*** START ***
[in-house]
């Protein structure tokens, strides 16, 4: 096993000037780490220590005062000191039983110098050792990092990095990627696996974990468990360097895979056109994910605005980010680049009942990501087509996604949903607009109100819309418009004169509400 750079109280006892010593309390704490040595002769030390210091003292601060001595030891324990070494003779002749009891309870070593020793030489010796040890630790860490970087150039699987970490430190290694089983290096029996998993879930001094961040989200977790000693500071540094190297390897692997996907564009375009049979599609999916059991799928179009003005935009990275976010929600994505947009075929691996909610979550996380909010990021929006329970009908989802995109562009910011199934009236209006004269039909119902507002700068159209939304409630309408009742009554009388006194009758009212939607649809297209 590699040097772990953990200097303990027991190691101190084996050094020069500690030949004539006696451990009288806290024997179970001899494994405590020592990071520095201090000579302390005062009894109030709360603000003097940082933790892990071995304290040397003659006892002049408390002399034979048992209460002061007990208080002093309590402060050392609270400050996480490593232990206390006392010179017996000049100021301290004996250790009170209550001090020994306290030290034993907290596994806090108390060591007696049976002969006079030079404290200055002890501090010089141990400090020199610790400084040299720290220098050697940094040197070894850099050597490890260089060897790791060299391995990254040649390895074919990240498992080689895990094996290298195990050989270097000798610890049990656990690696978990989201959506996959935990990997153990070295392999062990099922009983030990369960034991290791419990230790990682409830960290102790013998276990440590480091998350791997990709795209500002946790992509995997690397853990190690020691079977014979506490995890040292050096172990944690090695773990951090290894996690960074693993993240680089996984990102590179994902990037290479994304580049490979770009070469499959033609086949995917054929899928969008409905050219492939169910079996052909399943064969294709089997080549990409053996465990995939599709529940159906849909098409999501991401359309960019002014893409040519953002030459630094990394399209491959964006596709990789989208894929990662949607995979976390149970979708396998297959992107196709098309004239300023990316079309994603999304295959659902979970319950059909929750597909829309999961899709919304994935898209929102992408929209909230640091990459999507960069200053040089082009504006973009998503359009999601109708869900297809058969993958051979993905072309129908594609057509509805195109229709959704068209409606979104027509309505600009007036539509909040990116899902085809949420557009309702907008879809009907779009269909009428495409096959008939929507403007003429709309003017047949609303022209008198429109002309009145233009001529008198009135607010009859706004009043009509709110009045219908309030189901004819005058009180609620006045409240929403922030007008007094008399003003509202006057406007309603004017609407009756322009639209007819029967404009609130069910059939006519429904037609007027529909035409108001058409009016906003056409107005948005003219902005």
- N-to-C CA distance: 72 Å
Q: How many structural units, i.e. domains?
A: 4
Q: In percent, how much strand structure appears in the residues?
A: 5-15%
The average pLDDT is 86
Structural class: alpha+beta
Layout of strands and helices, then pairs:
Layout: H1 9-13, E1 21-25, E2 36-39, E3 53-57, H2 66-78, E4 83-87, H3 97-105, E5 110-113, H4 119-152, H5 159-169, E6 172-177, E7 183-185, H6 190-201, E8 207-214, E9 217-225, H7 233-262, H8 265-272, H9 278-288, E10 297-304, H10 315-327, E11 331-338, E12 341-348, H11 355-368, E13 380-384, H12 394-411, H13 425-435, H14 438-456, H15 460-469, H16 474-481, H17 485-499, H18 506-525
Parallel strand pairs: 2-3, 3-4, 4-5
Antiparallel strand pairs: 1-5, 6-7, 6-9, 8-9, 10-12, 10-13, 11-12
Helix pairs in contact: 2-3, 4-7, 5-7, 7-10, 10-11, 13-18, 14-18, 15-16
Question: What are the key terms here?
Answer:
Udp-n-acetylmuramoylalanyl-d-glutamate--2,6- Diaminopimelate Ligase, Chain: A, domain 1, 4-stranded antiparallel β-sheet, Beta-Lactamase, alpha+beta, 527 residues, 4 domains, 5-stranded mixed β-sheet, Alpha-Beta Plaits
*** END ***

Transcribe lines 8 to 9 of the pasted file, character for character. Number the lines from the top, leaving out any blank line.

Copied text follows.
The average pLDDT is 86
Structural class: alpha+beta